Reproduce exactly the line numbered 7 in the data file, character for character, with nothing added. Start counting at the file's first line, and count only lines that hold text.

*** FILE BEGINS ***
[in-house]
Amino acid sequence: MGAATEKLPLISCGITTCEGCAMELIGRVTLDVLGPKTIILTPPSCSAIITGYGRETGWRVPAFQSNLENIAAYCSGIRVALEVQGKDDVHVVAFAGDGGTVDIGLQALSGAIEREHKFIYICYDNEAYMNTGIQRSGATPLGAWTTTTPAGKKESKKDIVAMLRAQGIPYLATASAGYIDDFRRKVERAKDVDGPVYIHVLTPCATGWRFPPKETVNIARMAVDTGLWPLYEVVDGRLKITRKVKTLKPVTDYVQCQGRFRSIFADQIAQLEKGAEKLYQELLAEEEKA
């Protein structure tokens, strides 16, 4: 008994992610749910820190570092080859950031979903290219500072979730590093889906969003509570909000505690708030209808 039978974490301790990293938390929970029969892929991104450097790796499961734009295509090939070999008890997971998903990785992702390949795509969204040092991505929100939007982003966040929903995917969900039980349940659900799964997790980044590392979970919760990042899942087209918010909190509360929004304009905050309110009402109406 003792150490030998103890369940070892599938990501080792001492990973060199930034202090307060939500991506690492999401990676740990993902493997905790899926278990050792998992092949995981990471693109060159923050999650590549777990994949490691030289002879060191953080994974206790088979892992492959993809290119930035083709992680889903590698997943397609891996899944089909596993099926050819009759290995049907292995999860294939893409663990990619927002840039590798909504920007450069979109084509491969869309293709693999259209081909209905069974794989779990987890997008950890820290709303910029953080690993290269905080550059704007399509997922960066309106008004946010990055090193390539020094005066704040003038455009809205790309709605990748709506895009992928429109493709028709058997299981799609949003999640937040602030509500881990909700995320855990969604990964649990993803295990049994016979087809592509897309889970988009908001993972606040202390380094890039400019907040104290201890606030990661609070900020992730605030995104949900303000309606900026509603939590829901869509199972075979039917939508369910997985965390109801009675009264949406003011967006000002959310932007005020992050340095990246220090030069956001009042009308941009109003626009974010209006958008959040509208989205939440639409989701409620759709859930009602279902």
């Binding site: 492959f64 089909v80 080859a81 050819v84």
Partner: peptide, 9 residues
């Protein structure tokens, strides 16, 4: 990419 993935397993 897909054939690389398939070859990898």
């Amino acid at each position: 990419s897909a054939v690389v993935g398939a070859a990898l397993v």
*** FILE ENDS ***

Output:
């Amino acid at each position: 990419s897909a054939v690389v993935g398939a070859a990898l397993v």